That whole month of December I took all the rest of the money and all of the rest of the time to cultivate it and go, "I want to go back to my original idea," which was the Old Spice thing. I shot the whole thing. I got to be me again where I got to do a ton of preproduction. 

I have footage on footage of me going to parking lots and me practicing with the Lamborghini car and seeing how far you had to step. It was weird. If you step a couple of feet forward or a couple of feet back, it totally looks fake. You really had to plan it because everything is proportioned.

Did you get back with Lecrae then and reshoot?

No. Lecrae was busy. He was getting ready for a cruise and holidays and stuff, so basically I just hired that actor to represent the faker.

The only thing I would change about the video is that Lecrae and the faker look similar. The skin color is the same lightness and stuff like that, the same build, and height and stuff. I think people that don't know Lecrae really well get confused on which one is Lecrae, but I think by the end of it you figure it out.

So what'd you come away with from this process?

God humbled me throughout the whole thing and I think He made it a better video even through my thinking I've got it all figured out because I kind of came into it. Literally when I was driving to Reach Records to have a meeting with them to ask them for more time, I was amped up and ready to defend myself. I was in defense mode. You only gave me six days for production—of course it's not going to come out.

Then I remember specifically at this one stoplight, I remember a specific moment where I felt God was like, "You need to calm down for a second." I was praying, "God, humble me." 

I walked in there and I was like, "This is where we're at." The fact that they brought it up and said, "What can we do to help you make this better?" That was awesome. I think if I came in all in defense mode I don't know if they necessarily would have been like, "We want to help you out."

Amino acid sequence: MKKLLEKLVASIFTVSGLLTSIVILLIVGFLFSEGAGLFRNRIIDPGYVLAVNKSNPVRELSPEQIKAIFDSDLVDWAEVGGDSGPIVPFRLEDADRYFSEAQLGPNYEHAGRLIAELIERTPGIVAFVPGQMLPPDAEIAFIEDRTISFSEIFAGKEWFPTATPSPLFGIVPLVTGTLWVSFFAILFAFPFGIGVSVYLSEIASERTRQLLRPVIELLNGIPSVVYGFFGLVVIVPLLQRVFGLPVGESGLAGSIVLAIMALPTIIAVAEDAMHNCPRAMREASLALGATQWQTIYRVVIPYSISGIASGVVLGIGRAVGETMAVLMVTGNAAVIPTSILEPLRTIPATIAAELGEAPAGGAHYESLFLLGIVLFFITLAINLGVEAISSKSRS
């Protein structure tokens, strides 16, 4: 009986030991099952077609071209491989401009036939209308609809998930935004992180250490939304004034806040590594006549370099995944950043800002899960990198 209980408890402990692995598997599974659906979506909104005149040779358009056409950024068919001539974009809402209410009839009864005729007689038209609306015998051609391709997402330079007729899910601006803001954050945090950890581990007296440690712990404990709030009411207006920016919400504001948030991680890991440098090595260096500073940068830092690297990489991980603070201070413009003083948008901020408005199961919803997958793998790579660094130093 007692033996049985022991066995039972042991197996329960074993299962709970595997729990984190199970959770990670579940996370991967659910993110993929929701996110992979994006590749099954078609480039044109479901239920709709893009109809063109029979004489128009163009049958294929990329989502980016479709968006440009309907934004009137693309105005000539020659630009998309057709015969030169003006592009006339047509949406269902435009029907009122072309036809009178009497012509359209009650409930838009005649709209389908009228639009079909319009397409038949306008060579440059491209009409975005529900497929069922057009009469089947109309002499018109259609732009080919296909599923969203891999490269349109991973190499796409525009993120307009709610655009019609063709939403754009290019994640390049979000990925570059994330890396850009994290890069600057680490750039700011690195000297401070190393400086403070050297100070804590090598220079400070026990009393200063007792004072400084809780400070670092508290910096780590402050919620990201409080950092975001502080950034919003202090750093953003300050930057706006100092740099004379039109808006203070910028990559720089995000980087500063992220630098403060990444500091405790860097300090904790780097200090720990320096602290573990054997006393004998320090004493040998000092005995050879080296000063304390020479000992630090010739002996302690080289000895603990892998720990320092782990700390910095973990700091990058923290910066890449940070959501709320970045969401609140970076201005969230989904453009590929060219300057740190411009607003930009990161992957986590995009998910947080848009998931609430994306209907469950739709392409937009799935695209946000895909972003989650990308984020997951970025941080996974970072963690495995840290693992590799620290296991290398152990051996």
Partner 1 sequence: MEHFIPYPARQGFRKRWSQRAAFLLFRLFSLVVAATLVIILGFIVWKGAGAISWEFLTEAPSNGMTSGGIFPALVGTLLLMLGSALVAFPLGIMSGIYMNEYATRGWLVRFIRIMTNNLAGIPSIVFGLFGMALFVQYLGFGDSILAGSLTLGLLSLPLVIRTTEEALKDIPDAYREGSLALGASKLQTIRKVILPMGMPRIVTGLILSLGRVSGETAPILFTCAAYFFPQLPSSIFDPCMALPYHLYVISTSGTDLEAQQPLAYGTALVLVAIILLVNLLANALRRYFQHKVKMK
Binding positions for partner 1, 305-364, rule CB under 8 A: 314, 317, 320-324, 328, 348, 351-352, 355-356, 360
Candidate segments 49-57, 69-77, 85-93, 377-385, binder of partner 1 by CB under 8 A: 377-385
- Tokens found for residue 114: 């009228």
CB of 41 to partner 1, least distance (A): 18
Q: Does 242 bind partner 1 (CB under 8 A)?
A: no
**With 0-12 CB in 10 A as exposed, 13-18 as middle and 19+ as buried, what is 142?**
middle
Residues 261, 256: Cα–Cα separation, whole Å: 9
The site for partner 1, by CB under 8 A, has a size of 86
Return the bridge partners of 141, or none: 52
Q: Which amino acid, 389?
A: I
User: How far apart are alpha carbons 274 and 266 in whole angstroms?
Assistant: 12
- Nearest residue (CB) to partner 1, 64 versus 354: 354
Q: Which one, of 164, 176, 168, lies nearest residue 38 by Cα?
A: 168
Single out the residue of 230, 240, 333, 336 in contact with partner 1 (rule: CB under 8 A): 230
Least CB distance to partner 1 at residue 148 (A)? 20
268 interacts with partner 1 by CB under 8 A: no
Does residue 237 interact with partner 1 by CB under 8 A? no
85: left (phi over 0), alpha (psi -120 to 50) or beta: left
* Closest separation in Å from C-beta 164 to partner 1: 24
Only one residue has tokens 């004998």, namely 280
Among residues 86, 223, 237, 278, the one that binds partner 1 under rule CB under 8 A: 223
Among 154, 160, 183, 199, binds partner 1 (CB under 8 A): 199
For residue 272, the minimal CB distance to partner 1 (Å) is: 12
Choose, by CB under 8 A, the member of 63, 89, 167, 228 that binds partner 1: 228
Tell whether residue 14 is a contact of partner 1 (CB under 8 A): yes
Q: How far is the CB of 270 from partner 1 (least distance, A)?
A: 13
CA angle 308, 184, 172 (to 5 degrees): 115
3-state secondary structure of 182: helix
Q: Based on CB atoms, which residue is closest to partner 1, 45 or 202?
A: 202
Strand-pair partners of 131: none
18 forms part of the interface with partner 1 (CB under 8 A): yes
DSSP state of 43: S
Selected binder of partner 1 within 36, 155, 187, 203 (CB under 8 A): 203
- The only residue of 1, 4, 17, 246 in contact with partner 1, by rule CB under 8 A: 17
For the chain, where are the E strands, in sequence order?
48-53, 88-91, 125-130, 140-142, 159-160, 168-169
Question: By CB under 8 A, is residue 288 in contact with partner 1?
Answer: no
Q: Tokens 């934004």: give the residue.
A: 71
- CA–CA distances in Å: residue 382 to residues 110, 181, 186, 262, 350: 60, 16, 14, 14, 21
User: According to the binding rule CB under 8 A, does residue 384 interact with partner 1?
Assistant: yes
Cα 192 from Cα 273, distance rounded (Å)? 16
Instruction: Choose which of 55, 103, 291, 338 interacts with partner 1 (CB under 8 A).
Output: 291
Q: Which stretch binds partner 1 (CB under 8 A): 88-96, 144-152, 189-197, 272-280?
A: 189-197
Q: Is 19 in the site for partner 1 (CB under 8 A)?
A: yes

It was really cool through the whole process.

God does that.

He does. I think that's awesome. I think every video I've ever done, I think that's part of my testimony is video making. I think people learn about God's love through doing accounting and people learn about God's love being a scientist and stuff like that and that's their refining fire. They have to be persistent. They have to wake up and go to everyday when they're not feeling like doing whatever their respective job is.

People always look at the end result so much, but it's the process where God preaches to us and it's how God teaches us. For me, the end result for "Fakin'" I'm really proud of and really happy with. Thankfully the label is stoked about it, too. But the process that got me there is where I learned so much.

Kevin McNeese started NRT in 2002 and has worked in the industry since 1999 in one form or another. He has been a fan of Christian music since 1991.